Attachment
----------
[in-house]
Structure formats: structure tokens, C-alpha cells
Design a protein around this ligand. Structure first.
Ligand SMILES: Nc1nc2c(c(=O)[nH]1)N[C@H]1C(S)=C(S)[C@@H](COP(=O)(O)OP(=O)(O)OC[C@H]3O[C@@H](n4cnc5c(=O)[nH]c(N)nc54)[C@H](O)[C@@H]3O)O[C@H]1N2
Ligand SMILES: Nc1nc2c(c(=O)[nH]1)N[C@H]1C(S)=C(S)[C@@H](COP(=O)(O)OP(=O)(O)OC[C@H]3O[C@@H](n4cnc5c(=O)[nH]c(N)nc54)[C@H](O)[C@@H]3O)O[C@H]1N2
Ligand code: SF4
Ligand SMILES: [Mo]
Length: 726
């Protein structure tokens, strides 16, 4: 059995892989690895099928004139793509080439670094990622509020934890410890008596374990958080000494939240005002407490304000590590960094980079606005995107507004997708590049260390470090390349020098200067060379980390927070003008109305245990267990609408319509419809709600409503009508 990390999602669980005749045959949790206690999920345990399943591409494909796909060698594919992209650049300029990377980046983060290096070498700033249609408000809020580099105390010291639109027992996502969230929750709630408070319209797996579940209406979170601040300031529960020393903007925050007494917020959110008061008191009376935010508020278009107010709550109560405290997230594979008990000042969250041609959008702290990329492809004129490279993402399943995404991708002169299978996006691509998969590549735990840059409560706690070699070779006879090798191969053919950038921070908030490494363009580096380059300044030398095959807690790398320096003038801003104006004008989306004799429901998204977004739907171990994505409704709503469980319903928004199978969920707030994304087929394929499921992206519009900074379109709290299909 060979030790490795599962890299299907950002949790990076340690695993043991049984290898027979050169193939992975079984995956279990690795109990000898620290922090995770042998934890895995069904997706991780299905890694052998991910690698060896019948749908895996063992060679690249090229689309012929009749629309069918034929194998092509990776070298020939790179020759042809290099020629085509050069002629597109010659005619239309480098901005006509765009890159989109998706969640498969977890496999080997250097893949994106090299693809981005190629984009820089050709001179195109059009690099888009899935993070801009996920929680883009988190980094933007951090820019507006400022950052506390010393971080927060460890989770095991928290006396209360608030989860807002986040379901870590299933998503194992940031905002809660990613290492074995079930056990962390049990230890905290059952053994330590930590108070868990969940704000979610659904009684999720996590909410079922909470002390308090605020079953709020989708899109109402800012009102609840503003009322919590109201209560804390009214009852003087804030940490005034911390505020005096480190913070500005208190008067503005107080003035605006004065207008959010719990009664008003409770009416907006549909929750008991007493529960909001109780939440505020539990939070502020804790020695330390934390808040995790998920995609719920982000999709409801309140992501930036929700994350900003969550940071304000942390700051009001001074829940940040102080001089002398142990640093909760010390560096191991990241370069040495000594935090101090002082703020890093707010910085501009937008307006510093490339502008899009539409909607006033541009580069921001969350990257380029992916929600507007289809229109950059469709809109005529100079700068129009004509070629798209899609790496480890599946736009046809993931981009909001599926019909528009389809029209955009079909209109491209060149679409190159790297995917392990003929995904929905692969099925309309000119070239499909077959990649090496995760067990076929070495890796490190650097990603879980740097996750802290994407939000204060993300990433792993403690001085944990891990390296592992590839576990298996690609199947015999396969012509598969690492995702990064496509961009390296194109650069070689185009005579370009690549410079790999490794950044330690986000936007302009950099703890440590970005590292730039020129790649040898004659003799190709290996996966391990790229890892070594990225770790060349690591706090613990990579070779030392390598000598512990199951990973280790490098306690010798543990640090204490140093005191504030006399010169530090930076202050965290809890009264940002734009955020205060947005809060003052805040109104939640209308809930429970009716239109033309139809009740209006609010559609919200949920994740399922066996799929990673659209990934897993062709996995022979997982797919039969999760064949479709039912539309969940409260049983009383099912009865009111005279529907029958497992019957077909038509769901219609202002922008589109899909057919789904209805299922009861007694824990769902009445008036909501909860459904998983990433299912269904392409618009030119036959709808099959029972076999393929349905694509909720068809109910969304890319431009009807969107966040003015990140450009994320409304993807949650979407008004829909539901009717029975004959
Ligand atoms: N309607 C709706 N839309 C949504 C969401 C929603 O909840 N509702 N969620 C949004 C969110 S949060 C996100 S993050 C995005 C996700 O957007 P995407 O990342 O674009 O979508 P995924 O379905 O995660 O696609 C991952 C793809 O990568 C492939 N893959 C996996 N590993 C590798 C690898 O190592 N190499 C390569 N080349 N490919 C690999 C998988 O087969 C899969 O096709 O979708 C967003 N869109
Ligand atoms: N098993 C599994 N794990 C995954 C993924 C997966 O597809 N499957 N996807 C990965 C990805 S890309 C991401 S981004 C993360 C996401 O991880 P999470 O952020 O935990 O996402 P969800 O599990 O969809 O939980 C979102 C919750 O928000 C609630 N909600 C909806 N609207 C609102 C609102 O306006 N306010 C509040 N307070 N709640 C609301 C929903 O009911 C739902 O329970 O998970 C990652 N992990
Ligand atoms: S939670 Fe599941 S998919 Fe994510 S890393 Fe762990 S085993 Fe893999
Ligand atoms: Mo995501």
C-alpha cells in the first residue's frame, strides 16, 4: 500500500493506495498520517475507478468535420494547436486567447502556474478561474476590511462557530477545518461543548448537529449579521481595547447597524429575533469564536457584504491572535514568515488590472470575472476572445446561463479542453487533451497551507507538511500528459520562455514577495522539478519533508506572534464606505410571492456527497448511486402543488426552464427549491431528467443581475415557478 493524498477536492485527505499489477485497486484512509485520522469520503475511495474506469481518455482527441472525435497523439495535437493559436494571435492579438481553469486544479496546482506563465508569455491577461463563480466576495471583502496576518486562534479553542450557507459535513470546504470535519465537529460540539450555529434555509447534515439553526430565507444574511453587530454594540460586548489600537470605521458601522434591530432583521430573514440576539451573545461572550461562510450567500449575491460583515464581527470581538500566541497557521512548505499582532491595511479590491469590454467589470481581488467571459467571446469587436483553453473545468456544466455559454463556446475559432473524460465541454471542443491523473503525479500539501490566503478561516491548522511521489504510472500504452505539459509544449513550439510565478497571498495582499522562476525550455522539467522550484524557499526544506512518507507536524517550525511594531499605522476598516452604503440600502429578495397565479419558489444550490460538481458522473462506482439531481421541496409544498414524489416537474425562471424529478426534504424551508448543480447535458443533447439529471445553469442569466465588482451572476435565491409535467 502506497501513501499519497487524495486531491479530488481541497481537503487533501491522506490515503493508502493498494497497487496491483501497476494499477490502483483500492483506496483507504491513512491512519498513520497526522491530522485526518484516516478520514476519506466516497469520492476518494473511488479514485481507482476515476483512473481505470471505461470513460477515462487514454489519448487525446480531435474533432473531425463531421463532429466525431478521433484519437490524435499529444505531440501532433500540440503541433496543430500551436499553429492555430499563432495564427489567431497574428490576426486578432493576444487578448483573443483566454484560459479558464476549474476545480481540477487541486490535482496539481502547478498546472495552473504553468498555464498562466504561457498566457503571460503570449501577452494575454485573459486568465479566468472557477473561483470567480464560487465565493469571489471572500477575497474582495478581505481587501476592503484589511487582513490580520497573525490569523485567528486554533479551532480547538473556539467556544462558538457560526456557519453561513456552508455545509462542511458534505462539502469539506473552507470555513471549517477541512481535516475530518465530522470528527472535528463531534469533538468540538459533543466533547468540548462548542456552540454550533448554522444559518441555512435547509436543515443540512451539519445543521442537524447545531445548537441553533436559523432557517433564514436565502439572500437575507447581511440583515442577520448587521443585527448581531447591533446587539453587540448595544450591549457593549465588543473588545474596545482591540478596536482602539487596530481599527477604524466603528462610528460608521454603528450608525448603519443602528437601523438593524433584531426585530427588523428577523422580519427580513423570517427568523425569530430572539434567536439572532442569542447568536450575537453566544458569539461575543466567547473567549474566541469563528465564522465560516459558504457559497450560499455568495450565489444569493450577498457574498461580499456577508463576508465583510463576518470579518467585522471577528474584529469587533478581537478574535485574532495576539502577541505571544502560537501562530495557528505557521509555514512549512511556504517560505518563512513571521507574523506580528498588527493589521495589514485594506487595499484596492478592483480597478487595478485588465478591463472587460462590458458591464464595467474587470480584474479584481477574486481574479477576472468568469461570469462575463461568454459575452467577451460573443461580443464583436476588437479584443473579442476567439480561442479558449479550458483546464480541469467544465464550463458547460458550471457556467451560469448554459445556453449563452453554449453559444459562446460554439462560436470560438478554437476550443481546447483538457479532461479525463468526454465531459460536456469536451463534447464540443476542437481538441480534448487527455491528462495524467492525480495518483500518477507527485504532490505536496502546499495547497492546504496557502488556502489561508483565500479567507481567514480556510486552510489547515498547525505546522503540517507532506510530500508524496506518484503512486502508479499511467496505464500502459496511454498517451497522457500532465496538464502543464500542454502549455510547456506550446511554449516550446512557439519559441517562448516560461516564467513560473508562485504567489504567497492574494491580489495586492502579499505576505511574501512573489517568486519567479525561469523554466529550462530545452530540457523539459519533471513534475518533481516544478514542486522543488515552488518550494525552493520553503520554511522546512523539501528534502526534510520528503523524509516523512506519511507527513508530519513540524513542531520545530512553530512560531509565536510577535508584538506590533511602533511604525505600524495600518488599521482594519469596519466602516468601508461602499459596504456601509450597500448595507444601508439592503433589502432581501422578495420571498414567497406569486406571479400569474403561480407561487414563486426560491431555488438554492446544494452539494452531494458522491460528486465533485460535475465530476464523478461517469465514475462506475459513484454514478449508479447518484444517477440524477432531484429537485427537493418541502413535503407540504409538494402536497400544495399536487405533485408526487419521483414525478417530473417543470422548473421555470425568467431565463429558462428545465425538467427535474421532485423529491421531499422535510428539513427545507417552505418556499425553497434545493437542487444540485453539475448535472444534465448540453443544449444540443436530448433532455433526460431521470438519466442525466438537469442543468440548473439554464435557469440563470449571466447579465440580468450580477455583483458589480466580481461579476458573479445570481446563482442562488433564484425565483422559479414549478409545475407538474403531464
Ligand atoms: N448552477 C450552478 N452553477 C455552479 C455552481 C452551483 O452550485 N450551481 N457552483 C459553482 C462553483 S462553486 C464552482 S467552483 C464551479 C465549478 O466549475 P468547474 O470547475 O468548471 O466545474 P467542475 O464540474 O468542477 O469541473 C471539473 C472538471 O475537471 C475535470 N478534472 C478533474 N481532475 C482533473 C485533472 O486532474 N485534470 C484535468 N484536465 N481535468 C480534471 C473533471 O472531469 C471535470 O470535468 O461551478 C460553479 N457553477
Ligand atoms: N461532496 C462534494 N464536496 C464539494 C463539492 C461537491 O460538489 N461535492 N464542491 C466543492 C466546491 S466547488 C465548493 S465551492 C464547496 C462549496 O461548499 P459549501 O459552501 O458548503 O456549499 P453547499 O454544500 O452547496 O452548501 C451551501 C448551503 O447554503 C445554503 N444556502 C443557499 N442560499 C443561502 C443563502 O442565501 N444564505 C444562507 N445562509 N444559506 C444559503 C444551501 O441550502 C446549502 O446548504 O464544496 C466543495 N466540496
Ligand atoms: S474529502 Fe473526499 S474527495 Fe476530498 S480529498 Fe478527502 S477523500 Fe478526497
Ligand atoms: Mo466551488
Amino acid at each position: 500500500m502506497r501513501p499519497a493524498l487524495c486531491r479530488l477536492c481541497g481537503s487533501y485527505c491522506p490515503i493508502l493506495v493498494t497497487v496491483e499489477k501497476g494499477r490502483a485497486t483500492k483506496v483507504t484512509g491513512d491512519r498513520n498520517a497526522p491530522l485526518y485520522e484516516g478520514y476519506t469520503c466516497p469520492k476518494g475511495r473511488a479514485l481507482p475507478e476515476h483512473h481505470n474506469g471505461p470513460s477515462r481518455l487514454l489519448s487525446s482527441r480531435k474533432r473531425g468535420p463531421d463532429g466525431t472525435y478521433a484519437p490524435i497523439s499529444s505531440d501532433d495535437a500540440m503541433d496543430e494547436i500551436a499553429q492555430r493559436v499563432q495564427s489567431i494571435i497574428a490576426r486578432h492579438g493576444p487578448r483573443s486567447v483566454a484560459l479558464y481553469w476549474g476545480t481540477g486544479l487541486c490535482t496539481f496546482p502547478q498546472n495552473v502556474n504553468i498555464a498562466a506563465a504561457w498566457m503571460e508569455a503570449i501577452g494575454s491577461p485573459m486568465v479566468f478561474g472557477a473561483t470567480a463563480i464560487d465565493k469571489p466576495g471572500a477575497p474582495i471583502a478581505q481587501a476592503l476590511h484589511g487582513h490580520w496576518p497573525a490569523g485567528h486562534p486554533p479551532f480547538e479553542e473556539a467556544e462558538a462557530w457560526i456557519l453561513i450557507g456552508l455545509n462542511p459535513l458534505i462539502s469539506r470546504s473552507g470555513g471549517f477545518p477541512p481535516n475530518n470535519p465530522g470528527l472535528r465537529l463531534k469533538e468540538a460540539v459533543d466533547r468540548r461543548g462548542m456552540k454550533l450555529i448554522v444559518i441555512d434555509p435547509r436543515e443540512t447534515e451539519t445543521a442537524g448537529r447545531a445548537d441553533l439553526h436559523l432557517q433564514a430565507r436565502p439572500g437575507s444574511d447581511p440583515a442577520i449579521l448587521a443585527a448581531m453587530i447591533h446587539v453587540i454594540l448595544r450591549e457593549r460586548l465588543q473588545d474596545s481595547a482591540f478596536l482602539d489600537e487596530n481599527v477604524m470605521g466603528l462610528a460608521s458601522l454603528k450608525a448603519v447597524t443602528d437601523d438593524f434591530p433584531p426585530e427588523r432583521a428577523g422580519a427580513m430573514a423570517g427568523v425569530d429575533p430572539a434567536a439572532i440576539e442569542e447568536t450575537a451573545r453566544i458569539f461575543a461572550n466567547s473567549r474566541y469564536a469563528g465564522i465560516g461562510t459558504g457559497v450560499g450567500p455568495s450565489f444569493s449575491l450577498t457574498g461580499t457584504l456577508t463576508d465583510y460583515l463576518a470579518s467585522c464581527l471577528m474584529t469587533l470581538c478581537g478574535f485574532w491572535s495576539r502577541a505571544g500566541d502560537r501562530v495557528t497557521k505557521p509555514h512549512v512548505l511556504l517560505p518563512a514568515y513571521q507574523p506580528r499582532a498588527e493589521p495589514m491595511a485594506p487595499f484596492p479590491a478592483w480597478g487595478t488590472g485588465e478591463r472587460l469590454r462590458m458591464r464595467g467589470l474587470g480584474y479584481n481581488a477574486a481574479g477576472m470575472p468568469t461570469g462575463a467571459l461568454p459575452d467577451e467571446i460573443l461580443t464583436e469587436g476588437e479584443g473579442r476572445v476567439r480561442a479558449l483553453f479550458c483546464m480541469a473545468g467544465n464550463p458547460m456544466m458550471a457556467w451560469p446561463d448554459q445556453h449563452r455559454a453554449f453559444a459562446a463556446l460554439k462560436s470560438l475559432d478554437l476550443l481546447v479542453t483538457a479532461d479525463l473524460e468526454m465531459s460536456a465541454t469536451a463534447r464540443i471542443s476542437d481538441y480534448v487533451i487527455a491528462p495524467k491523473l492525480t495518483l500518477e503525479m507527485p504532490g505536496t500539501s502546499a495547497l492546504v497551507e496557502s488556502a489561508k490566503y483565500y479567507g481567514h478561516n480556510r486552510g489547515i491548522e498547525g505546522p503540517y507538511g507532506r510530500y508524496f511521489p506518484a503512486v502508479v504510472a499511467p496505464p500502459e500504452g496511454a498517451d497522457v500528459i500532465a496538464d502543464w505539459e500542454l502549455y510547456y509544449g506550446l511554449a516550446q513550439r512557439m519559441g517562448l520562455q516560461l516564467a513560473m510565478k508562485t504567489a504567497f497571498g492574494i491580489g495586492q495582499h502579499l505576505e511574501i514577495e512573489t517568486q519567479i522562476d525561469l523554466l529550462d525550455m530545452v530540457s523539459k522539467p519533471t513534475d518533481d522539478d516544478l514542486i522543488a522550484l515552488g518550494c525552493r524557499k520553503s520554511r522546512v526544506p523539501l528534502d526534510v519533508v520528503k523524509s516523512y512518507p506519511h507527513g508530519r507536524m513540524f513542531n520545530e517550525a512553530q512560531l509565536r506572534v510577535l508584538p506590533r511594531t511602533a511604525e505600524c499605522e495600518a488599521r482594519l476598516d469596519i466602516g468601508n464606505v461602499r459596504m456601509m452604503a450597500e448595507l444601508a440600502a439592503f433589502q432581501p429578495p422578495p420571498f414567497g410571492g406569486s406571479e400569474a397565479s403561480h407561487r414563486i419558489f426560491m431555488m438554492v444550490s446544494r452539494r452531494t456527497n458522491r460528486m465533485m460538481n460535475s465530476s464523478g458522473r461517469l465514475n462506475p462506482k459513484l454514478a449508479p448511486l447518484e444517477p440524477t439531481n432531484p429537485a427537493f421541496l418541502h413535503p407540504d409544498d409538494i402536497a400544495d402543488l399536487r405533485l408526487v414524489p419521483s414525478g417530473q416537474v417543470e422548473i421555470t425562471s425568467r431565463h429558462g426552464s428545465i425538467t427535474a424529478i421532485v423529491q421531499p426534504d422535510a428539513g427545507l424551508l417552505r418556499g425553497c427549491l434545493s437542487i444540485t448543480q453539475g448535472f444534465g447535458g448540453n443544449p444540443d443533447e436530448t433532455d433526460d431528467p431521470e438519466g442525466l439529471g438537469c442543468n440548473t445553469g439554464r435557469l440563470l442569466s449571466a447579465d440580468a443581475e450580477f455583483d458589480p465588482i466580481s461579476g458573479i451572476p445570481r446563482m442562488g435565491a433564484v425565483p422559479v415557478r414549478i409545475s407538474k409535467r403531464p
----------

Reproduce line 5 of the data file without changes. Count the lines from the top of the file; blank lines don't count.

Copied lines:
Ligand SMILES: Nc1nc2c(c(=O)[nH]1)N[C@H]1C(S)=C(S)[C@@H](COP(=O)(O)OP(=O)(O)OC[C@H]3O[C@@H](n4cnc5c(=O)[nH]c(N)nc54)[C@H](O)[C@@H]3O)O[C@H]1N2